Policy discourse around ‘community cohesion’ has displaced liberal multiculturalist and anti-racist approaches with a much narrower focus on the promotion of ‘British values’ and, for minority communities, through a ‘faith’ agenda. We argue that these developments derive from the predominance of the doctrine of communitarianism within the contemporary policy terrain, influencing both New Labour and the Conservatives. The convergence of this with neoliberal social and economic imperatives has created a discourse of ‘conditional citizenship’ for Muslim communities particularly. There is a major policy contradiction where faith based approaches are promoted on one hand, but, in the context of transnational Islamist terror, lead to whole Muslim communities being pathologised as ‘insufficiently British’ on the other. We discuss the ‘Trojan Horse schools’ affair in Birmingham in 2014 as an example of this. We conclude in calling for an urgent refocussing of the debate toward secular approaches in policy, alongside looking at the specific economic and social conditions that we argue are the root cause of breakdowns in community cohesion.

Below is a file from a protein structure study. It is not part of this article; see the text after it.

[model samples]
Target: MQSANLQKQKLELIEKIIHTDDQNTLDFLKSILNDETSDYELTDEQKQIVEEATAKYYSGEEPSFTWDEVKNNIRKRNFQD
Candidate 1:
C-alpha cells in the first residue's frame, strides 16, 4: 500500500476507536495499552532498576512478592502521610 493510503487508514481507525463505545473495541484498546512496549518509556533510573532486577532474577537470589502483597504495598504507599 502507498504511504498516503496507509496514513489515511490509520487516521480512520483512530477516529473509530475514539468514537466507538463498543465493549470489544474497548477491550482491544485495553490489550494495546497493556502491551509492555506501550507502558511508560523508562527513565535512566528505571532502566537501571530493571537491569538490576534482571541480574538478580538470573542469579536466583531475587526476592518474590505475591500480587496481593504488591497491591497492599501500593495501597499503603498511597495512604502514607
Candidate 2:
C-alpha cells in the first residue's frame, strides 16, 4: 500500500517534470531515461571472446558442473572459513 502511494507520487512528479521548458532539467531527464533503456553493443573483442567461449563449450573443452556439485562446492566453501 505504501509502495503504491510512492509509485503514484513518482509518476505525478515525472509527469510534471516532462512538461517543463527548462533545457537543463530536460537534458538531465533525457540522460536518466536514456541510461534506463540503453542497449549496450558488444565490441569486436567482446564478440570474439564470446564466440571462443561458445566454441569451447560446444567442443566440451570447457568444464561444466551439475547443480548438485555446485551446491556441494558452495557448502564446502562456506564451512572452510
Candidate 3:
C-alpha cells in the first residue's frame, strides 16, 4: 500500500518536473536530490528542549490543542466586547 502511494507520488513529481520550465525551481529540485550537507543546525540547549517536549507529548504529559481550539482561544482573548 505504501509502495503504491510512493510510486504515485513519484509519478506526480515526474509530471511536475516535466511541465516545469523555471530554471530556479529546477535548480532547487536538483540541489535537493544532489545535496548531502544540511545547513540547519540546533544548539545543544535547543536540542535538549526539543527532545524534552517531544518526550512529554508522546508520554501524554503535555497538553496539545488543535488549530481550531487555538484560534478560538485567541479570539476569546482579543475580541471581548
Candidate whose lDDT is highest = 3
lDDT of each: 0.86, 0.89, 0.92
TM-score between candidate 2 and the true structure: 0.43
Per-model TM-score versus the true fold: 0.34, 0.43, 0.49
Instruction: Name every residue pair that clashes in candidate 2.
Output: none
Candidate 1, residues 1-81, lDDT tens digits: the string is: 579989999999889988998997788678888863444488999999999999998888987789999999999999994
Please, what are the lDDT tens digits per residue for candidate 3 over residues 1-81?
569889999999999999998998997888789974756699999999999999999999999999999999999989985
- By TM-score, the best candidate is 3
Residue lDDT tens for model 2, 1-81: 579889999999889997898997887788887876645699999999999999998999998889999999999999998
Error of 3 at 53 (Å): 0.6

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- Community cohesion
- ‘Trojan Horse schools’